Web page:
Sunday, May 3, 2015

Pay the Man

If you stopped by to get my take on the Floyd-Manny Pedi fight from last night, keep moving. I went to bed before it started because I needed the sleep and don't really care about a sport whose resurgence in the second decade of the 21st Century bothers me more than I can say.

That said, I'll move on to something else, something that has bugged me since the MLB season started since all of us saw the day coming when the road and the sky would collide.

Alex Rodriguez of the New York Yankees, in the first game of the weekend series between the Yanks and the Boston Red Sox in Fenway Park on Friday night hit a home run that tied him with Willie Mays. It also proved to be the difference in a final score of 3-2 in favor of the Yankees. Yes, I'm smiling.

For the outcomes of the 2015 season, that score is important. For lots of other people who never ever attend baseball games, that milestone is important-er. When the Yankees signed A-Rod 245 years ago (or so it seems) he had a contract with pay-offs due as/when he surpassed slugging milestones.

A-Rod is the same Yankee who was caught using PEDs and lying about their use and who sat for an entire season. I would like to point out he was a ballplayer about whom much murmuring had gone on for years previously, to include in the years before the Yankees signed him and switched him to 3rd base because they had a kid at shortstop they liked a lot-you may have heard of him, Derek Jeter.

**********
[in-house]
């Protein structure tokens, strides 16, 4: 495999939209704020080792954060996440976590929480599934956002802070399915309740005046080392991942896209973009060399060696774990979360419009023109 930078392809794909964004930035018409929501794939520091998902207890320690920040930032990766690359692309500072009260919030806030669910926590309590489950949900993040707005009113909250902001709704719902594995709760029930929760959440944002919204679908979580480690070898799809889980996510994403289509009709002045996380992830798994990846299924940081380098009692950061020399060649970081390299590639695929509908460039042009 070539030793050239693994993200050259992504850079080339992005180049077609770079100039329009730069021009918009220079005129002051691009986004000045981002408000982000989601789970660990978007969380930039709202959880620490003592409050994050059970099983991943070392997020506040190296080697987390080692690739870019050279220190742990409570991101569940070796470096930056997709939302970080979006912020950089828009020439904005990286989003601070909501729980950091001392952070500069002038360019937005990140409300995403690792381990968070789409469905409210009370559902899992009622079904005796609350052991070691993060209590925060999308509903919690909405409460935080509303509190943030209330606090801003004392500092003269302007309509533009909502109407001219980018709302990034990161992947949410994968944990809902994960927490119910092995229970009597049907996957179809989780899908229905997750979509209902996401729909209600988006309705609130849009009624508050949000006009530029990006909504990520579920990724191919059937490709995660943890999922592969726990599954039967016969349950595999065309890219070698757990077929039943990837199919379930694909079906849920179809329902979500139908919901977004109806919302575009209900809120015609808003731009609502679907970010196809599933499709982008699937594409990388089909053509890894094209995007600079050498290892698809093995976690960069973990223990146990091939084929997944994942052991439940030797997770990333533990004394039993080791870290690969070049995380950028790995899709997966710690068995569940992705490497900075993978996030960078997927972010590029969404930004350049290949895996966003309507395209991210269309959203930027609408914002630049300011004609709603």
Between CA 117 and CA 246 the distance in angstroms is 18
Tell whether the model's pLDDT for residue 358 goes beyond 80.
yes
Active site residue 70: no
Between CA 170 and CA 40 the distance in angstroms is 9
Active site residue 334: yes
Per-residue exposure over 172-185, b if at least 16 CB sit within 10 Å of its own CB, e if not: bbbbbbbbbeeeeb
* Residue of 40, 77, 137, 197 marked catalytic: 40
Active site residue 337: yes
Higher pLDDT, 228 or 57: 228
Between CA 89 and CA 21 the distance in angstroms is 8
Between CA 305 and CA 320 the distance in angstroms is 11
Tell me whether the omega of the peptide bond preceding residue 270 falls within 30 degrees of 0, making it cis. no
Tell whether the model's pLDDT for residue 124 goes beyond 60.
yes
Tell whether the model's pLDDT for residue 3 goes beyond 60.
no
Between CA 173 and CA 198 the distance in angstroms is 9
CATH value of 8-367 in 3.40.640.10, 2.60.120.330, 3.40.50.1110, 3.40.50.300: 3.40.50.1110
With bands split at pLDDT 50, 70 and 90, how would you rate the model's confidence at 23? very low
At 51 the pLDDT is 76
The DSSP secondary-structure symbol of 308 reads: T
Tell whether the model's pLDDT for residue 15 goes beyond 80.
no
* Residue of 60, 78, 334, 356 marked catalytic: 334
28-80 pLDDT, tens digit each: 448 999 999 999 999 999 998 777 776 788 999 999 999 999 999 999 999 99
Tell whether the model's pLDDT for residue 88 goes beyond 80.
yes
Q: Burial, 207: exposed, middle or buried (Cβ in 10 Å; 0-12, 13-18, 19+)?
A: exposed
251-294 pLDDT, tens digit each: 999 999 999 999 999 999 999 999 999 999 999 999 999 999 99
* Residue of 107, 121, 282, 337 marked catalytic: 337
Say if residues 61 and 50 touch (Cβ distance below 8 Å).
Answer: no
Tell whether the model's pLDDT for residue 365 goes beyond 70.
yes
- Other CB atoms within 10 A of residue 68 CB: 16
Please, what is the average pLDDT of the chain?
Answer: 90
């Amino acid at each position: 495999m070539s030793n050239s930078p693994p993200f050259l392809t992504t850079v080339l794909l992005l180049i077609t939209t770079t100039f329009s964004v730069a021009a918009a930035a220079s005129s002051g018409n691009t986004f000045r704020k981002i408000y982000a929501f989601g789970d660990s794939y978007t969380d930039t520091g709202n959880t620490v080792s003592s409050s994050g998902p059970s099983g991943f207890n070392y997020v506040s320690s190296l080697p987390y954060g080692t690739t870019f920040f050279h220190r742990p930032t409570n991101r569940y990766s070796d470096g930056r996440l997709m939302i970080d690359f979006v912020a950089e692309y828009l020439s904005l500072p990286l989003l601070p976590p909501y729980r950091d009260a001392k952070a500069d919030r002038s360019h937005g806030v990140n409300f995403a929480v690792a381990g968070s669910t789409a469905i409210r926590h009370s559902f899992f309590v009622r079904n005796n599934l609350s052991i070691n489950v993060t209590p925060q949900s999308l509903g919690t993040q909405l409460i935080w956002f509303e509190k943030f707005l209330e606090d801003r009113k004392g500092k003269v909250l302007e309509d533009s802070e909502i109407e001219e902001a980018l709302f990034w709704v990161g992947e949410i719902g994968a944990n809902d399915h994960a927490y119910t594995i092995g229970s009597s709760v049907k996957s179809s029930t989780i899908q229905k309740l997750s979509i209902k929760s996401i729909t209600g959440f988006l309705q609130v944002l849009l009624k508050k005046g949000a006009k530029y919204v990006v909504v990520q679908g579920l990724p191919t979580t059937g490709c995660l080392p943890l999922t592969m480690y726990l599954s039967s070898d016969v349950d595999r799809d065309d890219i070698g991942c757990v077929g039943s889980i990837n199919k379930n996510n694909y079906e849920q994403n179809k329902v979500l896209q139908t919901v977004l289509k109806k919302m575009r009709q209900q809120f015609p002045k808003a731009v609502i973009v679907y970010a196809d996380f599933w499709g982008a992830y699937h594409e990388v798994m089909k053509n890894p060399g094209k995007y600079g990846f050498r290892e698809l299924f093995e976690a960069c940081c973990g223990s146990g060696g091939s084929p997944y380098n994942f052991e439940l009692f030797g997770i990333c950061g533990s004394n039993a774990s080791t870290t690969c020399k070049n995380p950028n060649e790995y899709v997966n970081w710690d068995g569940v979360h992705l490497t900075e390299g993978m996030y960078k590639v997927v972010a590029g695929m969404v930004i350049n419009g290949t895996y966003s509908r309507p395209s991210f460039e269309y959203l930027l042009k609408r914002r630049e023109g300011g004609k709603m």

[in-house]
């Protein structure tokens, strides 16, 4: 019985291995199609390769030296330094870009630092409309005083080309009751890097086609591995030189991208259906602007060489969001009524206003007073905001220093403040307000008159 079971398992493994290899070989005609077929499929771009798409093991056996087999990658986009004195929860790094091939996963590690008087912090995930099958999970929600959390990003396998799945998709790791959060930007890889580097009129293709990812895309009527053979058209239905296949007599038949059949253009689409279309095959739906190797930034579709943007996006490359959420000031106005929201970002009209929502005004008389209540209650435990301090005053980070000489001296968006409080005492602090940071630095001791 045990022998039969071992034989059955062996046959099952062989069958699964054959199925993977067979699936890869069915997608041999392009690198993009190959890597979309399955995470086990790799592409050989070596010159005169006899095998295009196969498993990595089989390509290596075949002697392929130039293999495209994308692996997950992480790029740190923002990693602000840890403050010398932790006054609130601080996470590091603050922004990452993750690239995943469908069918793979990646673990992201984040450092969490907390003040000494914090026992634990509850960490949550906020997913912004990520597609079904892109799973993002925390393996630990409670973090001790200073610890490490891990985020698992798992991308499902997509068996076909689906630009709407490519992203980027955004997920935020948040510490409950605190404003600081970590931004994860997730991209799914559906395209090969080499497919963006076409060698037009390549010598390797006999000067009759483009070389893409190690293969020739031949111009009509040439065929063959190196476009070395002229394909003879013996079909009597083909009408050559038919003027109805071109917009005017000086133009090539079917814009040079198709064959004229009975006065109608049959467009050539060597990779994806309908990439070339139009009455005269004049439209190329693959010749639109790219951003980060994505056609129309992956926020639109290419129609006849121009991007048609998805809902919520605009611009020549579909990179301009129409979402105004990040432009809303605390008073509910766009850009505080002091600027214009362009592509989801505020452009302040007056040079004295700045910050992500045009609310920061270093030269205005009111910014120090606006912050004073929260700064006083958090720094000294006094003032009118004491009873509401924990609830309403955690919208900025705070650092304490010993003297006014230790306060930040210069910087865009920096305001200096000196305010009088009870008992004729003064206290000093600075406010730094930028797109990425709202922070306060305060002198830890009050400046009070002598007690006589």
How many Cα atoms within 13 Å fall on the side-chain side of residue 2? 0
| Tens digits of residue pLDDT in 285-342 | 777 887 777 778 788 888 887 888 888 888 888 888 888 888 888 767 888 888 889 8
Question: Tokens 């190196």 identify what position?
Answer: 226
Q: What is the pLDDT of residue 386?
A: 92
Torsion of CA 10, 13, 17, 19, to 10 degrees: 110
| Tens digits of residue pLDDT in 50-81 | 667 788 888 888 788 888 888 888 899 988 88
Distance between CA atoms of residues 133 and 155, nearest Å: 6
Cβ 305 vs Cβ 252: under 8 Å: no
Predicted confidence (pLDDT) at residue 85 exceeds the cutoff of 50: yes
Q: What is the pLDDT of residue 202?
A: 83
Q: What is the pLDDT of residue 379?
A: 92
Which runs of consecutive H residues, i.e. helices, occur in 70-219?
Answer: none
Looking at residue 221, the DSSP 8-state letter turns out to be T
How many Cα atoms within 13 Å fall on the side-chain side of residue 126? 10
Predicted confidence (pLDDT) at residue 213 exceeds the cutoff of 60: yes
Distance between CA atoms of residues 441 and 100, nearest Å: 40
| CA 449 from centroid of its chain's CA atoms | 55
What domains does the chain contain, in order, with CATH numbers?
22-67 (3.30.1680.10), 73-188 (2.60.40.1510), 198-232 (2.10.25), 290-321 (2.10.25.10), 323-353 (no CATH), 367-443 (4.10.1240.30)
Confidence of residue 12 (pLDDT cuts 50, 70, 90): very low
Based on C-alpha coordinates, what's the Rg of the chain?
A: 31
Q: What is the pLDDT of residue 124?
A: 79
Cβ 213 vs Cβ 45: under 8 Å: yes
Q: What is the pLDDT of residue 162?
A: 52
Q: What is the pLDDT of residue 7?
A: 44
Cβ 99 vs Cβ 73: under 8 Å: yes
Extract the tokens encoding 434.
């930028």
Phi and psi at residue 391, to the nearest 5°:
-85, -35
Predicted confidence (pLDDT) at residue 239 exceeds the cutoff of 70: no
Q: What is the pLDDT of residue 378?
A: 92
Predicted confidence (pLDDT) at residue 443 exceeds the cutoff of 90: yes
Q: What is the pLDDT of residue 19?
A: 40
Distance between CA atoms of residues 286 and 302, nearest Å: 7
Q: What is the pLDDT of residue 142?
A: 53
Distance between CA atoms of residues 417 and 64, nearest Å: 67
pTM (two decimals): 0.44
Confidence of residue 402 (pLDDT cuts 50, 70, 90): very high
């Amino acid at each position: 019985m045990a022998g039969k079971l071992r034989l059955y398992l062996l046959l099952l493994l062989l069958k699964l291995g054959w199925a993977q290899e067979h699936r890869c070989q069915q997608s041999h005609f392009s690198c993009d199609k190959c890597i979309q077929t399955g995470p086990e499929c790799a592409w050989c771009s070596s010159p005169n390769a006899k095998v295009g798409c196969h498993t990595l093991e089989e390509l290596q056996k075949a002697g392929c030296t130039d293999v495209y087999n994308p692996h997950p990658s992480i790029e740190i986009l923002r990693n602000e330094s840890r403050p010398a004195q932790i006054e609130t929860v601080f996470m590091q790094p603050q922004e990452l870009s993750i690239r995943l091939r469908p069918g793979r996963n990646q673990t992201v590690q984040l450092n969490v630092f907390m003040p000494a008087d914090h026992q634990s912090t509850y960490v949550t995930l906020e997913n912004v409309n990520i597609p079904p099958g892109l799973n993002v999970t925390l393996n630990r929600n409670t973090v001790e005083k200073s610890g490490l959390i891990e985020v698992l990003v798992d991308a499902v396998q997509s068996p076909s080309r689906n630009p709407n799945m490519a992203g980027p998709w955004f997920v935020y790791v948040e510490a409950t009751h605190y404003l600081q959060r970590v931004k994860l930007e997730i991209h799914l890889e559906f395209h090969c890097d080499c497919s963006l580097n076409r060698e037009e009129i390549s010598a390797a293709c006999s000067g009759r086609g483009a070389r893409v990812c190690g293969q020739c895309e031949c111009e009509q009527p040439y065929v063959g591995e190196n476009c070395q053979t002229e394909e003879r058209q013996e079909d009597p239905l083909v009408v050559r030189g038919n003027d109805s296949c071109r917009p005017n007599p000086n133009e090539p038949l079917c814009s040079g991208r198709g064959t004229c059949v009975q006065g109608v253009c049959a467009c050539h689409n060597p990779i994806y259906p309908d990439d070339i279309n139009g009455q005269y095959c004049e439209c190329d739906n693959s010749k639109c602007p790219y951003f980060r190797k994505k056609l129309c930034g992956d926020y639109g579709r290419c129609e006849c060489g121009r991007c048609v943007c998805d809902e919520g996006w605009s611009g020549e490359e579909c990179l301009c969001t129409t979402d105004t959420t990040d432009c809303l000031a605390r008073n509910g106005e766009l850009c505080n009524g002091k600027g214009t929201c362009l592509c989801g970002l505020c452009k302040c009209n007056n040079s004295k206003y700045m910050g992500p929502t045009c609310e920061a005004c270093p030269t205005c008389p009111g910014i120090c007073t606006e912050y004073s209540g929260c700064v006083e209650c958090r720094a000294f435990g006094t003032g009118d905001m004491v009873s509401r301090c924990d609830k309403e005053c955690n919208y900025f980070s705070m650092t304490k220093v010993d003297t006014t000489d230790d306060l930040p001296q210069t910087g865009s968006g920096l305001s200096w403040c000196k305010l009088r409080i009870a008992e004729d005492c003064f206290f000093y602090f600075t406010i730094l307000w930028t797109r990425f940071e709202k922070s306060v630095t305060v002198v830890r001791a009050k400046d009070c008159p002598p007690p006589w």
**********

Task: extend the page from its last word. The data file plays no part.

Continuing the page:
The Yankees knew what they were getting when they signed Rodriguez.  Now Brian Cashman, who on his best day will never be Stick Michaels, the Yankees' GM, has gone on record to make it official: management/ownership doesn't feel itself bound to make good on the incentives it promised him contractually all those years ago.

I get it and as a kid who grew up a Pinstripes fan and who still doesn't see Wade Boggs, Roger Clemons or Rodriguez as Yankees, I still think the team is wrong if they stiff him. A sportswriter here in Southeastern Connecticut offered some thoughts on this very subject last week that nailed it, absolutely nailed it despite the reactions you can read in response to his position (I solved that by NOT reading them).

I fell over my own shadow in trying to put my finger on how to conclude this screed today with, of all things, some notes I offered the universe almost exactly a year ago watching the NBA, a/k/a 'millionaires in their underwear playing for billionaires who just don't care' dealing with Donald Sterling.

All I thought of at that time was the Frog and the Scorpion, and that's all I can think of now. Saintly and sanctimonious both begin with "S." And there is where the resemblance ends.
-bill kenny

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